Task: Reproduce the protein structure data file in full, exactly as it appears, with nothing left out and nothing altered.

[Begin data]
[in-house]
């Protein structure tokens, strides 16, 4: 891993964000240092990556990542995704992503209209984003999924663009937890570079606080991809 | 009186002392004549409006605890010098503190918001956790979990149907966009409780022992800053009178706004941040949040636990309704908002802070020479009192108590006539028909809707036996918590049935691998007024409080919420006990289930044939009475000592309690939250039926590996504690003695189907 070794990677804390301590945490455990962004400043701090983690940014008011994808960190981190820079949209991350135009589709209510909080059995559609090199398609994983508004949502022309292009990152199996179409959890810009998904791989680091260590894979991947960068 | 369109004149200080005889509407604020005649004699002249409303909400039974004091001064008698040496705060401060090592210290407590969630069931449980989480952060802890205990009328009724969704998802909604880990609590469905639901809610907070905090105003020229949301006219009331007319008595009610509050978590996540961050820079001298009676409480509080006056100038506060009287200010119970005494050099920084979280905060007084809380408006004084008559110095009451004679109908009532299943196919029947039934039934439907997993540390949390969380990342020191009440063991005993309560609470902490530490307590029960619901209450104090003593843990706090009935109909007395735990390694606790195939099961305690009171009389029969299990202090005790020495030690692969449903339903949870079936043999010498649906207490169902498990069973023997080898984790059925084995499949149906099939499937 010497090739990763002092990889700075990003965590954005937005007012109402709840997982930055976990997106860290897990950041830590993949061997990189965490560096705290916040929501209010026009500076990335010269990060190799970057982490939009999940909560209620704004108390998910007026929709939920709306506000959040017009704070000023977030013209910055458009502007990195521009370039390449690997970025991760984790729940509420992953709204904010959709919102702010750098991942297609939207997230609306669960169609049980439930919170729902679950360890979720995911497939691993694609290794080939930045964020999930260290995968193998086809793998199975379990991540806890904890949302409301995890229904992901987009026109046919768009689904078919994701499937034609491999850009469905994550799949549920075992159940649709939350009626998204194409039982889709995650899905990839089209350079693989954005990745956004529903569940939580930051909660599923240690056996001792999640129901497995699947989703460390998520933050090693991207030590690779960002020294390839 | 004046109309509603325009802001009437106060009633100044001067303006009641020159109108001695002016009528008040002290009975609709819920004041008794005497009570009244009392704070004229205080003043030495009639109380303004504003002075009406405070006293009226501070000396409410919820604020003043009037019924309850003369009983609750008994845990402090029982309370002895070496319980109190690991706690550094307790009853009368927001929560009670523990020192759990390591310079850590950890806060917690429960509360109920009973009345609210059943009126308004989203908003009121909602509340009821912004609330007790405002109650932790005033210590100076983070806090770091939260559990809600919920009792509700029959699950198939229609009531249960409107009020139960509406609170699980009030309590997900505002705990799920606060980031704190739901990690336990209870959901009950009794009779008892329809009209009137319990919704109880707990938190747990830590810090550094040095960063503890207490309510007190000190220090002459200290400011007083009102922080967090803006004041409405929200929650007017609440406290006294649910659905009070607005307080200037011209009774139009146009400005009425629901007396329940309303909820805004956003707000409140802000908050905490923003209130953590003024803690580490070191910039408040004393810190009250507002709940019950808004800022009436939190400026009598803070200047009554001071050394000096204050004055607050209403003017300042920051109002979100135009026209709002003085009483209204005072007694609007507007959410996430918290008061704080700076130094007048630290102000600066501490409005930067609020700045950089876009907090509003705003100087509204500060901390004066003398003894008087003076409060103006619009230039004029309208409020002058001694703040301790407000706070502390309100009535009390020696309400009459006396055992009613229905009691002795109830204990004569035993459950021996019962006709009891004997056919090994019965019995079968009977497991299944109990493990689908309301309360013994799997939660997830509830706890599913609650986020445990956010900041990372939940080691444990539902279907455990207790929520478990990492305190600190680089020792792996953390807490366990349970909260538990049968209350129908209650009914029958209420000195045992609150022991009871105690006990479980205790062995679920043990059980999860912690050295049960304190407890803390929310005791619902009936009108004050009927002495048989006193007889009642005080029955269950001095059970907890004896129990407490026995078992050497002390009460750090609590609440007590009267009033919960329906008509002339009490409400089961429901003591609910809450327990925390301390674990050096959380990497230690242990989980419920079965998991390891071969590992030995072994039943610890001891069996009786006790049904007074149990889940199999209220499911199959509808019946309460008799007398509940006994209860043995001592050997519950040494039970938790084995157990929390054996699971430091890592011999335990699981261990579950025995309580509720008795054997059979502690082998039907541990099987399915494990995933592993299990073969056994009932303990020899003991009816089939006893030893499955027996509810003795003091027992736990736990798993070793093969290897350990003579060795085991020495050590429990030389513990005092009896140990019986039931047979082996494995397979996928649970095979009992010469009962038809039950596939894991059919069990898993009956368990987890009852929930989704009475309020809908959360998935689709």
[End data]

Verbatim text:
[in-house]
């Protein structure tokens, strides 16, 4: 891993964000240092990556990542995704992503209209984003999924663009937890570079606080991809 | 009186002392004549409006605890010098503190918001956790979990149907966009409780022992800053009178706004941040949040636990309704908002802070020479009192108590006539028909809707036996918590049935691998007024409080919420006990289930044939009475000592309690939250039926590996504690003695189907 070794990677804390301590945490455990962004400043701090983690940014008011994808960190981190820079949209991350135009589709209510909080059995559609090199398609994983508004949502022309292009990152199996179409959890810009998904791989680091260590894979991947960068 | 369109004149200080005889509407604020005649004699002249409303909400039974004091001064008698040496705060401060090592210290407590969630069931449980989480952060802890205990009328009724969704998802909604880990609590469905639901809610907070905090105003020229949301006219009331007319008595009610509050978590996540961050820079001298009676409480509080006056100038506060009287200010119970005494050099920084979280905060007084809380408006004084008559110095009451004679109908009532299943196919029947039934039934439907997993540390949390969380990342020191009440063991005993309560609470902490530490307590029960619901209450104090003593843990706090009935109909007395735990390694606790195939099961305690009171009389029969299990202090005790020495030690692969449903339903949870079936043999010498649906207490169902498990069973023997080898984790059925084995499949149906099939499937 010497090739990763002092990889700075990003965590954005937005007012109402709840997982930055976990997106860290897990950041830590993949061997990189965490560096705290916040929501209010026009500076990335010269990060190799970057982490939009999940909560209620704004108390998910007026929709939920709306506000959040017009704070000023977030013209910055458009502007990195521009370039390449690997970025991760984790729940509420992953709204904010959709919102702010750098991942297609939207997230609306669960169609049980439930919170729902679950360890979720995911497939691993694609290794080939930045964020999930260290995968193998086809793998199975379990991540806890904890949302409301995890229904992901987009026109046919768009689904078919994701499937034609491999850009469905994550799949549920075992159940649709939350009626998204194409039982889709995650899905990839089209350079693989954005990745956004529903569940939580930051909660599923240690056996001792999640129901497995699947989703460390998520933050090693991207030590690779960002020294390839 | 004046109309509603325009802001009437106060009633100044001067303006009641020159109108001695002016009528008040002290009975609709819920004041008794005497009570009244009392704070004229205080003043030495009639109380303004504003002075009406405070006293009226501070000396409410919820604020003043009037019924309850003369009983609750008994845990402090029982309370002895070496319980109190690991706690550094307790009853009368927001929560009670523990020192759990390591310079850590950890806060917690429960509360109920009973009345609210059943009126308004989203908003009121909602509340009821912004609330007790405002109650932790005033210590100076983070806090770091939260559990809600919920009792509700029959699950198939229609009531249960409107009020139960509406609170699980009030309590997900505002705990799920606060980031704190739901990690336990209870959901009950009794009779008892329809009209009137319990919704109880707990938190747990830590810090550094040095960063503890207490309510007190000190220090002459200290400011007083009102922080967090803006004041409405929200929650007017609440406290006294649910659905009070607005307080200037011209009774139009146009400005009425629901007396329940309303909820805004956003707000409140802000908050905490923003209130953590003024803690580490070191910039408040004393810190009250507002709940019950808004800022009436939190400026009598803070200047009554001071050394000096204050004055607050209403003017300042920051109002979100135009026209709002003085009483209204005072007694609007507007959410996430918290008061704080700076130094007048630290102000600066501490409005930067609020700045950089876009907090509003705003100087509204500060901390004066003398003894008087003076409060103006619009230039004029309208409020002058001694703040301790407000706070502390309100009535009390020696309400009459006396055992009613229905009691002795109830204990004569035993459950021996019962006709009891004997056919090994019965019995079968009977497991299944109990493990689908309301309360013994799997939660997830509830706890599913609650986020445990956010900041990372939940080691444990539902279907455990207790929520478990990492305190600190680089020792792996953390807490366990349970909260538990049968209350129908209650009914029958209420000195045992609150022991009871105690006990479980205790062995679920043990059980999860912690050295049960304190407890803390929310005791619902009936009108004050009927002495048989006193007889009642005080029955269950001095059970907890004896129990407490026995078992050497002390009460750090609590609440007590009267009033919960329906008509002339009490409400089961429901003591609910809450327990925390301390674990050096959380990497230690242990989980419920079965998991390891071969590992030995072994039943610890001891069996009786006790049904007074149990889940199999209220499911199959509808019946309460008799007398509940006994209860043995001592050997519950040494039970938790084995157990929390054996699971430091890592011999335990699981261990579950025995309580509720008795054997059979502690082998039907541990099987399915494990995933592993299990073969056994009932303990020899003991009816089939006893030893499955027996509810003795003091027992736990736990798993070793093969290897350990003579060795085991020495050590429990030389513990005092009896140990019986039931047979082996494995397979996928649970095979009992010469009962038809039950596939894991059919069990898993009956368990987890009852929930989704009475309020809908959360998935689709």